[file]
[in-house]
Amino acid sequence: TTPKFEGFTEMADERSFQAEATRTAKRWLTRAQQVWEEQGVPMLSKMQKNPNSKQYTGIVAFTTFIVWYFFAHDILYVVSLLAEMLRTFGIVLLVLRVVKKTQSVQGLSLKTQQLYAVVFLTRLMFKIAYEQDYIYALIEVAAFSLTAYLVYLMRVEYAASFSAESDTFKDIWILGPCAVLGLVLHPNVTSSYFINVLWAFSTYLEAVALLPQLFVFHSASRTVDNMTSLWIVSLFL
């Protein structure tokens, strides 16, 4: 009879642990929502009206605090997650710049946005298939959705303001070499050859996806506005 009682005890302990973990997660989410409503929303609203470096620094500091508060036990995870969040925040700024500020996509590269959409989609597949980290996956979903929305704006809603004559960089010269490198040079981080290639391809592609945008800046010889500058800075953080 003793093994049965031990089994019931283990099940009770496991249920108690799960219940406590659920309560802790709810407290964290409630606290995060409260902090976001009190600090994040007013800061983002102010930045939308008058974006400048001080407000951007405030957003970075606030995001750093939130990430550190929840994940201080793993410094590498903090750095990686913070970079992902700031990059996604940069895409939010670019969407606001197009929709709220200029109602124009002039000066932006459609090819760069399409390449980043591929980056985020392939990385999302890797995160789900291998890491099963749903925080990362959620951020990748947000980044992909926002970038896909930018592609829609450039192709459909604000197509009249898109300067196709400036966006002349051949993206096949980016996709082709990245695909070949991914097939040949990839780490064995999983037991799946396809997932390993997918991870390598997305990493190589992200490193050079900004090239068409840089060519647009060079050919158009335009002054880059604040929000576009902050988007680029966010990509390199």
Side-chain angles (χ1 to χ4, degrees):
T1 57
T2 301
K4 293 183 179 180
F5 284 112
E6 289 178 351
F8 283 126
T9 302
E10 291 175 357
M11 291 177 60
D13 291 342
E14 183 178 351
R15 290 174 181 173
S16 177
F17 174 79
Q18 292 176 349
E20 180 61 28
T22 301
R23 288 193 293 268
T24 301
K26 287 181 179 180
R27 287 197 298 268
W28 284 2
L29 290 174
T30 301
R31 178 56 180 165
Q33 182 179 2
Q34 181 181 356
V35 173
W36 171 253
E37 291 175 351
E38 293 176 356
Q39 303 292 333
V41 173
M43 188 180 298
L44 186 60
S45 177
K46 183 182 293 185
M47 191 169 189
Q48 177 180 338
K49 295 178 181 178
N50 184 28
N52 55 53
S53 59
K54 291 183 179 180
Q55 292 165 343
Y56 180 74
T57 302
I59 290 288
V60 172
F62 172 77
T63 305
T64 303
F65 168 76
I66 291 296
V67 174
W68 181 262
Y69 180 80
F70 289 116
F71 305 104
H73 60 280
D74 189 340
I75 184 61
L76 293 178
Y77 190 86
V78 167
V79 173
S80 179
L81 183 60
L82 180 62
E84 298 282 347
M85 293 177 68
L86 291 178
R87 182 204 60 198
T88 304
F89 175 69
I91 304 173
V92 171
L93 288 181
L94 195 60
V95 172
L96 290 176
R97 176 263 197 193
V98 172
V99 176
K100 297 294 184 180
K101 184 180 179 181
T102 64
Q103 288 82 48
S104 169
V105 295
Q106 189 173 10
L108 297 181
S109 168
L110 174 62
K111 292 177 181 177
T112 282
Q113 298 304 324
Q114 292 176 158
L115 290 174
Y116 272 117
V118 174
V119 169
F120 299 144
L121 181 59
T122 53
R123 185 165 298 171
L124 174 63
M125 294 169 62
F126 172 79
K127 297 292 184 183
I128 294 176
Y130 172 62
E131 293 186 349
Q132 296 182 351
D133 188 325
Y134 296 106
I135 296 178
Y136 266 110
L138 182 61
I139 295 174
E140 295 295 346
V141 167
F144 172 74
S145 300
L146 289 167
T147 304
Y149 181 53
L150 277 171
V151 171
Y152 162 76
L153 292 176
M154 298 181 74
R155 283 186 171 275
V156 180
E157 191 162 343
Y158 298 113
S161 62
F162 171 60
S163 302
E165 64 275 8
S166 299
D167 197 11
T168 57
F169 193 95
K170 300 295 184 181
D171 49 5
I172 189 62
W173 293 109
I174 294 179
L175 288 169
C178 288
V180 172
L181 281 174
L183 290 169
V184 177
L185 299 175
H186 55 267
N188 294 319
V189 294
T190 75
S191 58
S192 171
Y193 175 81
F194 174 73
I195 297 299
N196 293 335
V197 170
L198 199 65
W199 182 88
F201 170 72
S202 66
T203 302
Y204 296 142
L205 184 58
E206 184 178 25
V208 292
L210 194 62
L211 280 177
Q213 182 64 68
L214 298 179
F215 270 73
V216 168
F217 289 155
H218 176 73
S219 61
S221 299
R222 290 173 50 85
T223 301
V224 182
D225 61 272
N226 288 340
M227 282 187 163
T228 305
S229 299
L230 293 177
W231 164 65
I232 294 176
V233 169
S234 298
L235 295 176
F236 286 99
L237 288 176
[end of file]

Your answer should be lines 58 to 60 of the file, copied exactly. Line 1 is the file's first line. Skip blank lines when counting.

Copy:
I66 291 296
V67 174
W68 181 262